What is office etiquette and why is it important?

In the last 14 or so months, we’ve seen the working world go through rapid and significant change. Change that is set to become the new normal in many industries – from the manner in which we interact with each other through to where we carry out our work from.

However, with those changes come some fundamental principles that remain largely consistent across the professional space, one of those being the need for a certain set of standards and behaviours in the workplace – otherwise known as office etiquette. Office etiquette is an essential facet to running a business harmoniously and successfully, but what exactly does it dictate in 2021?

What is office etiquette?

Every workplace has its rules – a non-negotiable law of the land as set out in every new starter contract. Beyond those terms in writing, though, are often a set of unwritten rules that set expectations in relation to our social behaviours and professionalism day-to-day, and it’s this code that is often defined as office etiquette.

Much of good office etiquette boils down to common sense, good manners and treating the job and those around you with a certain level of respect. Although relatively consistent across industries, there’s no rigid definition of good etiquette in the workplace, instead any given company’s sense of what they consider proper etiquette can often be found in their code of conduct.

Some examples of good office etiquette are:

  • Using polite and respectful language in the office, avoiding swearing.
  • Remembering team members’ names and the correct pronunciation of them.
  • Having an appropriate sense of humour in office – knowing the audience you’re making a joke to.
  • Being respectful across all forms of office communication, be it face-to-face, e-mail or phone.
  • Dressing appropriately for the role and office setting – for example, choosing the right women’s tops.

The benefits of operating with a collective sense of etiquette

A sense of etiquette in the workplace is a fundamental element in ensuring the office is a friendly, welcoming place to be for every member of staff, not to mention a key part of keeping all employee’s happy and comfortable in their role.

Office etiquette promotes a number of positive cultural themes:

  • The creation of a professional, respectful work setting.
  • The creation of an atmosphere that encourages good working practices, such as good communication and consistently professional behaviours.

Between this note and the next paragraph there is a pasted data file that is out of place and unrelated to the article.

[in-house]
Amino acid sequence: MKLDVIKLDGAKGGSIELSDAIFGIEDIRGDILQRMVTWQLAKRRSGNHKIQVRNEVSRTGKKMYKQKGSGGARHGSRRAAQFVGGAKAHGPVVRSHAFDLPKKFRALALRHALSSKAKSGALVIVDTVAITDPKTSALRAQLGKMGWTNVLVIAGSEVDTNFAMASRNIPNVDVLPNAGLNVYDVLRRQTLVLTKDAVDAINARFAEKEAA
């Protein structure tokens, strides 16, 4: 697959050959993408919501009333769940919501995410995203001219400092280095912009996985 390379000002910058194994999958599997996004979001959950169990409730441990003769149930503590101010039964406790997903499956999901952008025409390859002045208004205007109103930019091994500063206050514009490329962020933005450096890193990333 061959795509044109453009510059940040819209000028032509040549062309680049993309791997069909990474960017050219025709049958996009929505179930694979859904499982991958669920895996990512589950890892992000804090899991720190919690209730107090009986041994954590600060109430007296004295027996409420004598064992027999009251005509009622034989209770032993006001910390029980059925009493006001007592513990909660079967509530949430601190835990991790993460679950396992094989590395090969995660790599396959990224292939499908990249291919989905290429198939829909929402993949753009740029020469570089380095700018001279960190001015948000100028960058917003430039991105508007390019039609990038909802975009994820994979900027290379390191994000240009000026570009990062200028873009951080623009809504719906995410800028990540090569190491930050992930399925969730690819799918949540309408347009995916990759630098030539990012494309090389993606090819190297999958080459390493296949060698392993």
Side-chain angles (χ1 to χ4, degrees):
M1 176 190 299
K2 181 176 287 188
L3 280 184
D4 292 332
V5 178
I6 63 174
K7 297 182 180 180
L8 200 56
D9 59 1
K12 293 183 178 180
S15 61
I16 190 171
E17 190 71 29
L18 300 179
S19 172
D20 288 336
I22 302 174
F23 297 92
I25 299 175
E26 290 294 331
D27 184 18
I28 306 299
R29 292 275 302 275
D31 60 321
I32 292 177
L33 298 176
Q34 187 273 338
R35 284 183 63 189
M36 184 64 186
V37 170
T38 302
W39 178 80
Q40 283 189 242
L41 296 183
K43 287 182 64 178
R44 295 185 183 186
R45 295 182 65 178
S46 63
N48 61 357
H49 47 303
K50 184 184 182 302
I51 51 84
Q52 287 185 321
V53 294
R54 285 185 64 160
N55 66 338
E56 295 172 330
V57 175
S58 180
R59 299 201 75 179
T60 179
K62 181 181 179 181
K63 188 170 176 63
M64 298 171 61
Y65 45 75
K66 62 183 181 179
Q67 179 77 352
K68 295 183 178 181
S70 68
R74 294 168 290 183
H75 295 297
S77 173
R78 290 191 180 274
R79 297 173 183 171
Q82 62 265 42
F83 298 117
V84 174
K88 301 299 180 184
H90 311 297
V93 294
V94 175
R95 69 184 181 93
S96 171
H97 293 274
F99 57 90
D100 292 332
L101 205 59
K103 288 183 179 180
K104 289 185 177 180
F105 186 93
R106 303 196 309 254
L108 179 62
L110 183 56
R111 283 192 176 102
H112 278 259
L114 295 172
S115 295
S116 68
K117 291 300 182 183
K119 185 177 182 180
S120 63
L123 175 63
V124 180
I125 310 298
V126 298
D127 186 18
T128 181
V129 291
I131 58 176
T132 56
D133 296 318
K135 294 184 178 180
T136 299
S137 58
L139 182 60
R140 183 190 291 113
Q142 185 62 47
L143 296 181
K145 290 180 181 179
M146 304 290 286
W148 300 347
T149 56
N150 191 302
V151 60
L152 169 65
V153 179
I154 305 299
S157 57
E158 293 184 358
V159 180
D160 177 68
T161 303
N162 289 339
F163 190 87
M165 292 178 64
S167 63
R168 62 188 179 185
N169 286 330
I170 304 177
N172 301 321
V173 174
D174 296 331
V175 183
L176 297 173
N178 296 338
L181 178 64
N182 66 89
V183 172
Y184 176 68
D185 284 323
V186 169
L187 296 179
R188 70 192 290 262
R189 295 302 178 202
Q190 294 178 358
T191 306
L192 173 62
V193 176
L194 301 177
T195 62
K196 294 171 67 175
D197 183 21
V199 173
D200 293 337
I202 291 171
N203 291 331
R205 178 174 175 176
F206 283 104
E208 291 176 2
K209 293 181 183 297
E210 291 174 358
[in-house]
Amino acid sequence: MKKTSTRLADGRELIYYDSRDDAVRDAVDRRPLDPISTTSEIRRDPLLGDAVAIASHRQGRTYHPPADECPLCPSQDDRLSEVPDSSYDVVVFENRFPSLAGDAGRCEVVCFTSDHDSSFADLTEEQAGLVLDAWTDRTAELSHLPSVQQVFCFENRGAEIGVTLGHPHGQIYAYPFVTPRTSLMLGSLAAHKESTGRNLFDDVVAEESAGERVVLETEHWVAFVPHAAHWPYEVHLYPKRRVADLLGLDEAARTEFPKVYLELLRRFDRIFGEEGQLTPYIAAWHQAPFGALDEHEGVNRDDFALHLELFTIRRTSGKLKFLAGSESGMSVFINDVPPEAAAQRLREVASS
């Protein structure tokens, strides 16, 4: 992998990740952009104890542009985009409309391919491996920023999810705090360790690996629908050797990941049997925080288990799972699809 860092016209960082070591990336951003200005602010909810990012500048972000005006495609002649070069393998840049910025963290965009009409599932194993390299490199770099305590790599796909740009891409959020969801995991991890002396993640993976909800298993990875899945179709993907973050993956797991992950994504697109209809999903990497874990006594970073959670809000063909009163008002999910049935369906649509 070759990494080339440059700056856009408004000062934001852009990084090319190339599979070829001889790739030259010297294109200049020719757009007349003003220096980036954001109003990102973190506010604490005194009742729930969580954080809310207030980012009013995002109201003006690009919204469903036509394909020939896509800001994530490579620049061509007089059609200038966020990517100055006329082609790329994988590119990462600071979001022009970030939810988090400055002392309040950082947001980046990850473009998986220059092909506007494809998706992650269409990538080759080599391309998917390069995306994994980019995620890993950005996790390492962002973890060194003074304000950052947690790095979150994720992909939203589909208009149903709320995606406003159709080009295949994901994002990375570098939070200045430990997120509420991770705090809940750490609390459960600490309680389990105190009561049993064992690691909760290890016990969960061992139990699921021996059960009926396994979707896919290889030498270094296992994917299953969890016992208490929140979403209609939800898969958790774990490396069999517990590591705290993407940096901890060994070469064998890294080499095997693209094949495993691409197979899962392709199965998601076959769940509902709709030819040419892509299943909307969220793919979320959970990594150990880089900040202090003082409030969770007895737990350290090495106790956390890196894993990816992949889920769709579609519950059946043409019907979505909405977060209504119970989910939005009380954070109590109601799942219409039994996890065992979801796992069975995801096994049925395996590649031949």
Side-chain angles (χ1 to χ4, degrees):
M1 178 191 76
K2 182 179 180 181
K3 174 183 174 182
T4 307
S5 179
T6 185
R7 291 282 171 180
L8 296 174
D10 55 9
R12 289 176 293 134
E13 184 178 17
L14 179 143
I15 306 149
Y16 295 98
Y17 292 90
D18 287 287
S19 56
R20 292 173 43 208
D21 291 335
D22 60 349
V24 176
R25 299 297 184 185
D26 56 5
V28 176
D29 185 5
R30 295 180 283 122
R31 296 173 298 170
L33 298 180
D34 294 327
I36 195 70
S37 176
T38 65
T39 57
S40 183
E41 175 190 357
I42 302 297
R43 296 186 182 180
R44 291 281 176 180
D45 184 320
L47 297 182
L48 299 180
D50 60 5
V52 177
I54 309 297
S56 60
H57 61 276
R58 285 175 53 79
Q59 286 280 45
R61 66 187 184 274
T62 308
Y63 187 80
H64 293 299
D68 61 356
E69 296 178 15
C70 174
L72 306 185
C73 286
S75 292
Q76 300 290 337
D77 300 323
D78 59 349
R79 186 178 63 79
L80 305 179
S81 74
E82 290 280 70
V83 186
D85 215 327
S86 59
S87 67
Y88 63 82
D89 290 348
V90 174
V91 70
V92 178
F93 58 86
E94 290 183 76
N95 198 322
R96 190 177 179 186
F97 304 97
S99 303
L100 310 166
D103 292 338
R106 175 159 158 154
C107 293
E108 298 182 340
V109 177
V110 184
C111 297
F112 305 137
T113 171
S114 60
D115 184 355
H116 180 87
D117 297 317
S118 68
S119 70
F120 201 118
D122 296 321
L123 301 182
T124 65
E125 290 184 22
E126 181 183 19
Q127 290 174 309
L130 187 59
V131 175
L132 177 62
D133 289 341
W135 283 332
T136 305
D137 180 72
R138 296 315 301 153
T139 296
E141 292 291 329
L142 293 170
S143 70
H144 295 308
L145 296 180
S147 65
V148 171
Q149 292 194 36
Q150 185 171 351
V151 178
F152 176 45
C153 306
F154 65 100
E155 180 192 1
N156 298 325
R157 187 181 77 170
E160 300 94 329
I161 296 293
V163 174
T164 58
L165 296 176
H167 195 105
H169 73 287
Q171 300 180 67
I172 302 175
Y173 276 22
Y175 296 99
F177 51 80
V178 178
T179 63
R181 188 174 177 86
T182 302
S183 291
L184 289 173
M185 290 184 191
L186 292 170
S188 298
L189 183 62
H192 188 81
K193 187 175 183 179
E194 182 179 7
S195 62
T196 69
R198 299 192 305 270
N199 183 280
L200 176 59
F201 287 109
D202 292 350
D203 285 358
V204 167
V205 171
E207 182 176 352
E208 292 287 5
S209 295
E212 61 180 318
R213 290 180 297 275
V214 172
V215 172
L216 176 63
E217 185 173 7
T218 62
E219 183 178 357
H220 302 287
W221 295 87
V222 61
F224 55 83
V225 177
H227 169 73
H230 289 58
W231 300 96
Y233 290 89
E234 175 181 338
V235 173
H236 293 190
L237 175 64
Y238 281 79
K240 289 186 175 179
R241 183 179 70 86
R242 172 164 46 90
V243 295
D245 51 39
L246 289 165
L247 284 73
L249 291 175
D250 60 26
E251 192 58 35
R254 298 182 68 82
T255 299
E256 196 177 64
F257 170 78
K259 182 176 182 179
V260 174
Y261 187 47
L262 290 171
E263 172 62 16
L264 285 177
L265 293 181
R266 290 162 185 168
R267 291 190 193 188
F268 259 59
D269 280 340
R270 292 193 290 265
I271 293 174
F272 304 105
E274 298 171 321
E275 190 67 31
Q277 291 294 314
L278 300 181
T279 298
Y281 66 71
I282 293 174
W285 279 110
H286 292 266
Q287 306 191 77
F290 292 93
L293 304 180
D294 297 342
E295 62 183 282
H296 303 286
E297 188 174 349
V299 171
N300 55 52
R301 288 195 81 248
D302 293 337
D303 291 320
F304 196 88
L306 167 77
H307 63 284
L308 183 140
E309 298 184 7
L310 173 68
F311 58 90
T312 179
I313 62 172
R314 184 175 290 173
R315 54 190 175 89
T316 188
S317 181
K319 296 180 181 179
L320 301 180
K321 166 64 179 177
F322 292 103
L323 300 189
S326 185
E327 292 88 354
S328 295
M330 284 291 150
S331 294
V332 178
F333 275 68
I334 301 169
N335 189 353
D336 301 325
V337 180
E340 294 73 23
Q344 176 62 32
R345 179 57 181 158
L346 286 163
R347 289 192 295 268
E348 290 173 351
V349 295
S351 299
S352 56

• Staff feel comfortable and respected in their role and their workspace.
  • Elimination of poor and disrespectful behaviour that could negatively impact the business.
  • Creation of a positive business reputation at both a client and employee level.

Adapting etiquette to the modern office

The world of business is constantly adapting, and even the more constant principles behind running a successful business must be adjusted according to changing attitudes to work and interactions with our colleagues. As such, traditional standards of etiquette cannot stand still, otherwise they’ll become outdated and counterproductive.

As we’ve already established, “good office etiquette” can differ from industry to industry and business to business, but here are a few markers for change that modern etiquette should be based on in all workplaces:

  • Encouraging employees who are ill to stay home rather than “tough it out” and come in.
  • Increasing awareness, understanding and consideration of mental health issues.
  • Consideration for emerging marginalised groups within the workplace – encouraging understanding for concepts like gender fluidity/non-binary.
  • Consideration for individual and collective social media presence and perception.

Every business can adapt their own etiquette to suit their needs, and while many basic manner elements will remain consistent across every office, business owners should be cognisant to the particular nuances of etiquette their organisation can benefit from. Develop the right standards of behaviour in your office, and you’ll have ticked off one of the most fundamental principles behind any successful company.

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